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This week on perl5-porters (10 June--17 June 2001)

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Simon Cozens
July 10, 2001 05:57
This week on perl5-porters (10 June--17 June 2001)
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  This week on perl5-porters (10 June--17 June 2001)
     * Notes
     * No 5.8.0 Yet
     * New Modules
     * Numbers, numbers, numbers
     * PerlIO considered evil
     * Asynchronous Callbacks
     * Various

   Please send corrections and additions to where YYYYMM is the current year
   and month. Changes and additions to the perl5-porters biographies are
   particularly welcome.
   This was a reasonably busy week, seeing just over 400 messages. I say
   that every week, don't I?
  No 5.8.0 Yet
   [1]Jarkko sadly announced that 5.8.0 wasn't going to happen before the
   Perl Conference, but 5.7.2 is imminent:
     I think it's time for me to give up the fantasy that 5.8.0 will
     happen before the Perl Conference. The stars just refuse to align
     properly, too many loose ends, too many delays, too many annoying
     mysterious little problems, too little testing of CPAN modules.
     Luckily, nothing is majorly broken, and I think that I've more or
     less achieved what I set out to do with Perl, so I still hope to be
     able wrap something up before TPC and call it 5.7.2 (it must happen
     next week or it will not happen), and soon after the conference put
     out the Release Candidate 1 for 5.8.0, and then keep cracking the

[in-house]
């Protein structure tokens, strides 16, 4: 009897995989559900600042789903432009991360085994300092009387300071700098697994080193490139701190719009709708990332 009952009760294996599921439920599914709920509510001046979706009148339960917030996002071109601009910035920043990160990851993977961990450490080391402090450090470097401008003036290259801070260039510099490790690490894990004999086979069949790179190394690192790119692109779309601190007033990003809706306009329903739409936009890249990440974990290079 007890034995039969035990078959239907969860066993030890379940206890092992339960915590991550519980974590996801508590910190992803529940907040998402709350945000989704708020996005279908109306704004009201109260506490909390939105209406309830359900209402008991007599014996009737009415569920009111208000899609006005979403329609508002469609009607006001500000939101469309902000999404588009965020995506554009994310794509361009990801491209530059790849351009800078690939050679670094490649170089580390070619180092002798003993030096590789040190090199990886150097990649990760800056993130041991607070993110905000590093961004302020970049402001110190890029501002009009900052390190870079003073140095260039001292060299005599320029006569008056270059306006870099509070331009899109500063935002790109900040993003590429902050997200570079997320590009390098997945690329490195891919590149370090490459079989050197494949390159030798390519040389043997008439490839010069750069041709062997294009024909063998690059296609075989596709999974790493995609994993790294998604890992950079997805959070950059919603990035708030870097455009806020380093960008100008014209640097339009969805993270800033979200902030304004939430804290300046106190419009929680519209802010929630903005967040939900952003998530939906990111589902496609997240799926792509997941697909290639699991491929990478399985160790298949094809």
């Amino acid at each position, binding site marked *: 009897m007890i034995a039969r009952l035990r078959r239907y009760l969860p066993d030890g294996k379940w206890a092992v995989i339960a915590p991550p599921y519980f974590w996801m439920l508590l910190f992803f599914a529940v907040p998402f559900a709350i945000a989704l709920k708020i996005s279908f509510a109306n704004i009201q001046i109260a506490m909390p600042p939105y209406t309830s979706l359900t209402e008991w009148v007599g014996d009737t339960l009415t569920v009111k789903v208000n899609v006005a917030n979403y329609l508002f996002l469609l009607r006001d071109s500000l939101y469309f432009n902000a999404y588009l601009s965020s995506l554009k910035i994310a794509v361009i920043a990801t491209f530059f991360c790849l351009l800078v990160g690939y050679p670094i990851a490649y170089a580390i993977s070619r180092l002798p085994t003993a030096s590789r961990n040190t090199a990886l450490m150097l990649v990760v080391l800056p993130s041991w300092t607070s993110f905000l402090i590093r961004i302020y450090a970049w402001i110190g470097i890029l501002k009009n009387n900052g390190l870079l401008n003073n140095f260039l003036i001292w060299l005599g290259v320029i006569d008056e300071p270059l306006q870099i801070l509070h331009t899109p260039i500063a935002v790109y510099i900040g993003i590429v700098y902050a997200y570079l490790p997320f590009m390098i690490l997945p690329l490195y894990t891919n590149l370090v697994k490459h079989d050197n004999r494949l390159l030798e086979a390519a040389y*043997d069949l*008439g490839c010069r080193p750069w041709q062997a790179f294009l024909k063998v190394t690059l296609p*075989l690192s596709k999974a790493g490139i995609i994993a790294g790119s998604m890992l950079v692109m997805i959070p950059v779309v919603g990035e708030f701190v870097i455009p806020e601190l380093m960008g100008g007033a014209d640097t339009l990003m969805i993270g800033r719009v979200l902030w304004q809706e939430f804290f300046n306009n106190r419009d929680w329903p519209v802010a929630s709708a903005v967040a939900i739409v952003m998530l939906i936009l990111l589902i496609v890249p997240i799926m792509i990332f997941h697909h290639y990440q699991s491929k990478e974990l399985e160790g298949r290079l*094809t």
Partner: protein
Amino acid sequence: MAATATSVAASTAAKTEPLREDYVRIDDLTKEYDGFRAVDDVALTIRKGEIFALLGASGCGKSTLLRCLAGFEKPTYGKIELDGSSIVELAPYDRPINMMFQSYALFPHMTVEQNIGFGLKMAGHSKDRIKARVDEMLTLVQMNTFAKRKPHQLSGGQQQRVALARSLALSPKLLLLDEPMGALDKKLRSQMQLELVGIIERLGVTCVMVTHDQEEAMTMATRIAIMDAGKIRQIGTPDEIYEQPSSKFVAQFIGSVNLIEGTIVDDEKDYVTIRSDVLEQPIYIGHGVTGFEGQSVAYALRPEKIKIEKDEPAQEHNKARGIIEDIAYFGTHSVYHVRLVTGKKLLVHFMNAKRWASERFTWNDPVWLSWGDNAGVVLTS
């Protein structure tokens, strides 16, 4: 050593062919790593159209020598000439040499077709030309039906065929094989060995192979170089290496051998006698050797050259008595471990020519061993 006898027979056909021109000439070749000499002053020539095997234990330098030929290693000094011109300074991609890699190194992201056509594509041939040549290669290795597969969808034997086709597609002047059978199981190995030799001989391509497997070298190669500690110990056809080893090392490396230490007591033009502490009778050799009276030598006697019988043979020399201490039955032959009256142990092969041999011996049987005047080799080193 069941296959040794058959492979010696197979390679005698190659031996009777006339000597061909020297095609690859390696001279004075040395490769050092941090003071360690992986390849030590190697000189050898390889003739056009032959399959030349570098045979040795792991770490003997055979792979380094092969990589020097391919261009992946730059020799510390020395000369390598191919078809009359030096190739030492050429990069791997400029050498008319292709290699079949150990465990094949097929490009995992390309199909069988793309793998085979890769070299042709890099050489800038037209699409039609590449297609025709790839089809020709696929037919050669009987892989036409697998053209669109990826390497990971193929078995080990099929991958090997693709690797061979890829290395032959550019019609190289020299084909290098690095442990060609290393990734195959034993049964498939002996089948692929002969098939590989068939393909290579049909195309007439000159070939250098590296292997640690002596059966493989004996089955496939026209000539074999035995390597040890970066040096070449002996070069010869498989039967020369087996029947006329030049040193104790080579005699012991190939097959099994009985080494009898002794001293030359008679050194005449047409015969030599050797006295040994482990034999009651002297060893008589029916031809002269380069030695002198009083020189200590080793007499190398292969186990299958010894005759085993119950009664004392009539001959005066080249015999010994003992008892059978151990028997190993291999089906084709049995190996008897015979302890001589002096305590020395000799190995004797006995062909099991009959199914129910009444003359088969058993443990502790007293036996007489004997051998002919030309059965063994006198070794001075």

whip till we are happy with what we've got.
  New Modules
   These aren't really very new, but they may have slipped through the
   net and you haven't noticed them yet, and since they're interesting,
   you might want to have a look...
   I18N::LangTags detects and manipulates RFC3066 language tags;
   Locale::Maketext is extremely useful for localizing text; Unicode::UCD
   is a neat interface to the Unicode Character Database; Encode is
   coming on strong, and can now read IBM ICU character tables;
   Mark-Jason Dominus' Memoize module is now part of the core.
  Numbers, numbers, numbers
   Remember last week's weird Amdahl UTS bug, where [2]Nicholas Clark was
   convinced UTS C was doing a decrement statement twice? He found the
   problem - the decrement statement shouldn't have been there at all...
   This prompted him to find a bug in grok_number; this surprised me a
   little, because I didn't know that grok_number even existed. All of
   the useful, platform-independent code which deals with numeric
   operations - casting between different sizes, converting binary, hex,
   and octal numbers, recognising numbers in strings, and so on, has been
   moved to numeric.c. Take a look at it, there's a load of handy stuff
   in there.
   Hal Morris, our UTS wizard, also pointed out some unpleasant casting
   assumptions, which needed a patch:
     UV_MAX must NOT be defined as (unsigned long){whatever} for UTS,
     because then comparisons with double will not work correctly (there
     is no problem with (unsigned) typecasts, only with (unsigned long))
   grok_number again came in handy on QNX, when Norton Allen found that
   strtoul wasn't setting errno correctly on overflow. It's sad when we
   have to start reimplementing people's broken C libraries, but this is
   the price of portability.
  PerlIO considered evil
   [3]Ilya found a bug in PerlIO, then found another bug while attempting
   to demonstrate it. The original bug was:
     The *actual* problem is that char-by-char input requires DUPLICATE
     pressing of ENTER key for this key to be seen by Perl. Debugging
     this problem (via Term::ReadKey test suite) shows the following
     pp_getc() calls is_eof() which does getc/ungetc calls getc()
     [BTW, I see no logic in this sequence of events.]